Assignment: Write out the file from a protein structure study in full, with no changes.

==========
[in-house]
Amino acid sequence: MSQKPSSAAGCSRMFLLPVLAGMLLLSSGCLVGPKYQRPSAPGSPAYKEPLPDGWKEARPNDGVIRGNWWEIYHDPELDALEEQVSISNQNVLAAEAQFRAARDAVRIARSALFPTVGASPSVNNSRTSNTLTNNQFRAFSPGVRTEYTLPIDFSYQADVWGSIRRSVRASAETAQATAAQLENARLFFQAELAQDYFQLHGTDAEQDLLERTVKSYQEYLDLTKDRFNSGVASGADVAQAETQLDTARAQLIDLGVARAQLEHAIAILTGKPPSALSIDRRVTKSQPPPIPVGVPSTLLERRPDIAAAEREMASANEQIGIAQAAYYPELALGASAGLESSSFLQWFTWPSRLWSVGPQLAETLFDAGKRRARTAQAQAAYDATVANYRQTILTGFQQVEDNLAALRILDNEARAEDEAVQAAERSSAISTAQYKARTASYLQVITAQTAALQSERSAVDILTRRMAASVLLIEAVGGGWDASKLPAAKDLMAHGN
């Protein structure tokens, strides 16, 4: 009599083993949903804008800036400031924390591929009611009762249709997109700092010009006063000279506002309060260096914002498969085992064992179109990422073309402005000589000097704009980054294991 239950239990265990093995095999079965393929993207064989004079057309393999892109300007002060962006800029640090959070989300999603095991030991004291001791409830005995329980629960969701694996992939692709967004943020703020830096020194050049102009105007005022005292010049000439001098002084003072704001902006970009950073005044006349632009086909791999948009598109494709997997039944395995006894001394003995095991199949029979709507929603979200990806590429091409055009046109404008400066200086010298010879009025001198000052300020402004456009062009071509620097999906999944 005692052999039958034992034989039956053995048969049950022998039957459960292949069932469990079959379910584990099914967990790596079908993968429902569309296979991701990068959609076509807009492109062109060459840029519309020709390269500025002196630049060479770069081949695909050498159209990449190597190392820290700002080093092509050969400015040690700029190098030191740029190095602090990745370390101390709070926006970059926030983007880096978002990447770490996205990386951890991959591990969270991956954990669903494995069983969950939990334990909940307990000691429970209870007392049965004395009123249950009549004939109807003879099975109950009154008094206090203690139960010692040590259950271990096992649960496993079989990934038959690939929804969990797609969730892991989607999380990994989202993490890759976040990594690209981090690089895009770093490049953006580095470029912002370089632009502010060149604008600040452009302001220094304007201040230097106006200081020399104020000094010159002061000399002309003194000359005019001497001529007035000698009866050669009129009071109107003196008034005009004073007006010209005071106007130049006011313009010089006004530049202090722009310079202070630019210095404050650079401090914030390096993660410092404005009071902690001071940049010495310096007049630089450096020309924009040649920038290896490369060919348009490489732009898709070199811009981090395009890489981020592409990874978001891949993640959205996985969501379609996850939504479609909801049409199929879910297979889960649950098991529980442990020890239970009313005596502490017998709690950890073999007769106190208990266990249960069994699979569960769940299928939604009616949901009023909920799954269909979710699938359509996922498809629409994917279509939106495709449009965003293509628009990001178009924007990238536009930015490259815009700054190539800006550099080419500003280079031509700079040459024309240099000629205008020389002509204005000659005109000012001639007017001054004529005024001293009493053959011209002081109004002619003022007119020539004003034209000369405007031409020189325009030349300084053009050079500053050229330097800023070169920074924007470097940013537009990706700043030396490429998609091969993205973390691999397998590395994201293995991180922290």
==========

[in-house]
Amino acid sequence: MSQKPSSAAGCSRMFLLPVLAGMLLLSSGCLVGPKYQRPSAPGSPAYKEPLPDGWKEARPNDGVIRGNWWEIYHDPELDALEEQVSISNQNVLAAEAQFRAARDAVRIARSALFPTVGASPSVNNSRTSNTLTNNQFRAFSPGVRTEYTLPIDFSYQADVWGSIRRSVRASAETAQATAAQLENARLFFQAELAQDYFQLHGTDAEQDLLERTVKSYQEYLDLTKDRFNSGVASGADVAQAETQLDTARAQLIDLGVARAQLEHAIAILTGKPPSALSIDRRVTKSQPPPIPVGVPSTLLERRPDIAAAEREMASANEQIGIAQAAYYPELALGASAGLESSSFLQWFTWPSRLWSVGPQLAETLFDAGKRRARTAQAQAAYDATVANYRQTILTGFQQVEDNLAALRILDNEARAEDEAVQAAERSSAISTAQYKARTASYLQVITAQTAALQSERSAVDILTRRMAASVLLIEAVGGGWDASKLPAAKDLMAHGN
């Protein structure tokens, strides 16, 4: 009599083993949903804008800036400031924390591929009611009762249709997109700092010009006063000279506002309060260096914002498969085992064992179109990422073309402005000589000097704009980054294991 239950239990265990093995095999079965393929993207064989004079057309393999892109300007002060962006800029640090959070989300999603095991030991004291001791409830005995329980629960969701694996992939692709967004943020703020830096020194050049102009105007005022005292010049000439001098002084003072704001902006970009950073005044006349632009086909791999948009598109494709997997039944395995006894001394003995095991199949029979709507929603979200990806590429091409055009046109404008400066200086010298010879009025001198000052300020402004456009062009071509620097999906999944 005692052999039958034992034989039956053995048969049950022998039957459960292949069932469990079959379910584990099914967990790596079908993968429902569309296979991701990068959609076509807009492109062109060459840029519309020709390269500025002196630049060479770069081949695909050498159209990449190597190392820290700002080093092509050969400015040690700029190098030191740029190095602090990745370390101390709070926006970059926030983007880096978002990447770490996205990386951890991959591990969270991956954990669903494995069983969950939990334990909940307990000691429970209870007392049965004395009123249950009549004939109807003879099975109950009154008094206090203690139960010692040590259950271990096992649960496993079989990934038959690939929804969990797609969730892991989607999380990994989202993490890759976040990594690209981090690089895009770093490049953006580095470029912002370089632009502010060149604008600040452009302001220094304007201040230097106006200081020399104020000094010159002061000399002309003194000359005019001497001529007035000698009866050669009129009071109107003196008034005009004073007006010209005071106007130049006011313009010089006004530049202090722009310079202070630019210095404050650079401090914030390096993660410092404005009071902690001071940049010495310096007049630089450096020309924009040649920038290896490369060919348009490489732009898709070199811009981090395009890489981020592409990874978001891949993640959205996985969501379609996850939504479609909801049409199929879910297979889960649950098991529980442990020890239970009313005596502490017998709690950890073999007769106190208990266990249960069994699979569960769940299928939604009616949901009023909920799954269909979710699938359509996922498809629409994917279509939106495709449009965003293509628009990001178009924007990238536009930015490259815009700054190539800006550099080419500003280079031509700079040459024309240099000629205008020389002509204005000659005109000012001639007017001054004529005024001293009493053959011209002081109004002619003022007119020539004003034209000369405007031409020189325009030349300084053009050079500053050229330097800023070169920074924007470097940013537009990706700043030396490429998609091969993205973390691999397998590395994201293995991180922290």